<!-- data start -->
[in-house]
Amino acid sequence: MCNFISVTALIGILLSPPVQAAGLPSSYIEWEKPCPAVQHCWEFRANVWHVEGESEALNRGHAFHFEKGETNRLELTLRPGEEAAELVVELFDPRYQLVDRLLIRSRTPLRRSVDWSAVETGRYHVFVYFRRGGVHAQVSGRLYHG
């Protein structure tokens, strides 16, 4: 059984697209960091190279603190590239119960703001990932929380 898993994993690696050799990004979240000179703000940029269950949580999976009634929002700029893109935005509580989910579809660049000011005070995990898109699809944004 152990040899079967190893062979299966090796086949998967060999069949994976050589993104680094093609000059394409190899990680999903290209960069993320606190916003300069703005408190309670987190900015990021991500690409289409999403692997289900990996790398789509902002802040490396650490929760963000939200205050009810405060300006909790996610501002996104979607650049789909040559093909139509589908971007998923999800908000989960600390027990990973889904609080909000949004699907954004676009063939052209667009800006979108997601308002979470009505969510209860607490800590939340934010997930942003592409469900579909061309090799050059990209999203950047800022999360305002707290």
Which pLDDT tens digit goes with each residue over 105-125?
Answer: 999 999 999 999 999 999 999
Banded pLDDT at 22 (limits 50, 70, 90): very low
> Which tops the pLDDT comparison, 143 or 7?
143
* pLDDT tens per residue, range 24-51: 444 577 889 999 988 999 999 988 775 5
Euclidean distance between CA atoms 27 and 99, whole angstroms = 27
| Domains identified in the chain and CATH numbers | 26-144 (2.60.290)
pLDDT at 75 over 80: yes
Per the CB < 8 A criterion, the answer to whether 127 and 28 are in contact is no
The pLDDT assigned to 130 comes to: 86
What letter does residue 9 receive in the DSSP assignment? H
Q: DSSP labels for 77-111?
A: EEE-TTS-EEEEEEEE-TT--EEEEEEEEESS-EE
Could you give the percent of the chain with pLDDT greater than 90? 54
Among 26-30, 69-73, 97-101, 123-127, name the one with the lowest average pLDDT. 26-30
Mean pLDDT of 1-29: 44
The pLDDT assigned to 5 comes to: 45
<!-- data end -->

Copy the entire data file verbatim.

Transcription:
[in-house]
Amino acid sequence: MCNFISVTALIGILLSPPVQAAGLPSSYIEWEKPCPAVQHCWEFRANVWHVEGESEALNRGHAFHFEKGETNRLELTLRPGEEAAELVVELFDPRYQLVDRLLIRSRTPLRRSVDWSAVETGRYHVFVYFRRGGVHAQVSGRLYHG
């Protein structure tokens, strides 16, 4: 059984697209960091190279603190590239119960703001990932929380 898993994993690696050799990004979240000179703000940029269950949580999976009634929002700029893109935005509580989910579809660049000011005070995990898109699809944004 152990040899079967190893062979299966090796086949998967060999069949994976050589993104680094093609000059394409190899990680999903290209960069993320606190916003300069703005408190309670987190900015990021991500690409289409999403692997289900990996790398789509902002802040490396650490929760963000939200205050009810405060300006909790996610501002996104979607650049789909040559093909139509589908971007998923999800908000989960600390027990990973889904609080909000949004699907954004676009063939052209667009800006979108997601308002979470009505969510209860607490800590939340934010997930942003592409469900579909061309090799050059990209999203950047800022999360305002707290």
Which pLDDT tens digit goes with each residue over 105-125?
Answer: 999 999 999 999 999 999 999
Banded pLDDT at 22 (limits 50, 70, 90): very low
> Which tops the pLDDT comparison, 143 or 7?
143
* pLDDT tens per residue, range 24-51: 444 577 889 999 988 999 999 988 775 5
Euclidean distance between CA atoms 27 and 99, whole angstroms = 27
| Domains identified in the chain and CATH numbers | 26-144 (2.60.290)
pLDDT at 75 over 80: yes
Per the CB < 8 A criterion, the answer to whether 127 and 28 are in contact is no
The pLDDT assigned to 130 comes to: 86
What letter does residue 9 receive in the DSSP assignment? H
Q: DSSP labels for 77-111?
A: EEE-TTS-EEEEEEEE-TT--EEEEEEEEESS-EE
Could you give the percent of the chain with pLDDT greater than 90? 54
Among 26-30, 69-73, 97-101, 123-127, name the one with the lowest average pLDDT. 26-30
Mean pLDDT of 1-29: 44
The pLDDT assigned to 5 comes to: 45